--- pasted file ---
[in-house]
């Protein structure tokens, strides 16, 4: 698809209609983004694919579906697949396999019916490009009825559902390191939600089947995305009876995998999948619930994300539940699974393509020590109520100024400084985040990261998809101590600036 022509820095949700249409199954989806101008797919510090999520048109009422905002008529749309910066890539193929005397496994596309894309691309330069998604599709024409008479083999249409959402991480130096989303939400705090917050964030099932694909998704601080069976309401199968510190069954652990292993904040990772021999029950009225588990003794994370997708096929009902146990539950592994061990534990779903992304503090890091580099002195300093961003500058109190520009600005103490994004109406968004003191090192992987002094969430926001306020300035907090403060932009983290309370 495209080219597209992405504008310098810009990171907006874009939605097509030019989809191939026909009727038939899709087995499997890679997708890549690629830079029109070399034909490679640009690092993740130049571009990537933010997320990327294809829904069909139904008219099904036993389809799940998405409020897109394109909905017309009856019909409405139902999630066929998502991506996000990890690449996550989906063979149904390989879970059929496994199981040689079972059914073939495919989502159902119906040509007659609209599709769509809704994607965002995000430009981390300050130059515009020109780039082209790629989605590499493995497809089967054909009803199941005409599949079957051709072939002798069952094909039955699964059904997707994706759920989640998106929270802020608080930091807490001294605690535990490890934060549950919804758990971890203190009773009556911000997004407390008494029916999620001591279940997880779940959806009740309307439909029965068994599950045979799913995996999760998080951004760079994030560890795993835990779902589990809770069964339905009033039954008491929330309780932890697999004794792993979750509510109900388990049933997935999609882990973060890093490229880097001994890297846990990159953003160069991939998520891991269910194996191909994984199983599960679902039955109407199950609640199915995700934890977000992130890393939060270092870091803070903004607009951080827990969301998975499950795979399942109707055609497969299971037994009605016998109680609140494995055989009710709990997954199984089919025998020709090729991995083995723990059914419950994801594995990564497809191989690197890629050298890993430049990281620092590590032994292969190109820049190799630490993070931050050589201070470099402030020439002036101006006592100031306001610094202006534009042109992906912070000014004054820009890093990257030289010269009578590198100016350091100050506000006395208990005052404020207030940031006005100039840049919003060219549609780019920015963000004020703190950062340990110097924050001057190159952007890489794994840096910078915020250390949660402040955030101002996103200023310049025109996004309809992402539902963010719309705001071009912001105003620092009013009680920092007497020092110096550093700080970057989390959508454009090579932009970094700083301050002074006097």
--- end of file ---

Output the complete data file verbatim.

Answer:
[in-house]
């Protein structure tokens, strides 16, 4: 698809209609983004694919579906697949396999019916490009009825559902390191939600089947995305009876995998999948619930994300539940699974393509020590109520100024400084985040990261998809101590600036 022509820095949700249409199954989806101008797919510090999520048109009422905002008529749309910066890539193929005397496994596309894309691309330069998604599709024409008479083999249409959402991480130096989303939400705090917050964030099932694909998704601080069976309401199968510190069954652990292993904040990772021999029950009225588990003794994370997708096929009902146990539950592994061990534990779903992304503090890091580099002195300093961003500058109190520009600005103490994004109406968004003191090192992987002094969430926001306020300035907090403060932009983290309370 495209080219597209992405504008310098810009990171907006874009939605097509030019989809191939026909009727038939899709087995499997890679997708890549690629830079029109070399034909490679640009690092993740130049571009990537933010997320990327294809829904069909139904008219099904036993389809799940998405409020897109394109909905017309009856019909409405139902999630066929998502991506996000990890690449996550989906063979149904390989879970059929496994199981040689079972059914073939495919989502159902119906040509007659609209599709769509809704994607965002995000430009981390300050130059515009020109780039082209790629989605590499493995497809089967054909009803199941005409599949079957051709072939002798069952094909039955699964059904997707994706759920989640998106929270802020608080930091807490001294605690535990490890934060549950919804758990971890203190009773009556911000997004407390008494029916999620001591279940997880779940959806009740309307439909029965068994599950045979799913995996999760998080951004760079994030560890795993835990779902589990809770069964339905009033039954008491929330309780932890697999004794792993979750509510109900388990049933997935999609882990973060890093490229880097001994890297846990990159953003160069991939998520891991269910194996191909994984199983599960679902039955109407199950609640199915995700934890977000992130890393939060270092870091803070903004607009951080827990969301998975499950795979399942109707055609497969299971037994009605016998109680609140494995055989009710709990997954199984089919025998020709090729991995083995723990059914419950994801594995990564497809191989690197890629050298890993430049990281620092590590032994292969190109820049190799630490993070931050050589201070470099402030020439002036101006006592100031306001610094202006534009042109992906912070000014004054820009890093990257030289010269009578590198100016350091100050506000006395208990005052404020207030940031006005100039840049919003060219549609780019920015963000004020703190950062340990110097924050001057190159952007890489794994840096910078915020250390949660402040955030101002996103200023310049025109996004309809992402539902963010719309705001071009912001105003620092009013009680920092007497020092110096550093700080970057989390959508454009090579932009970094700083301050002074006097």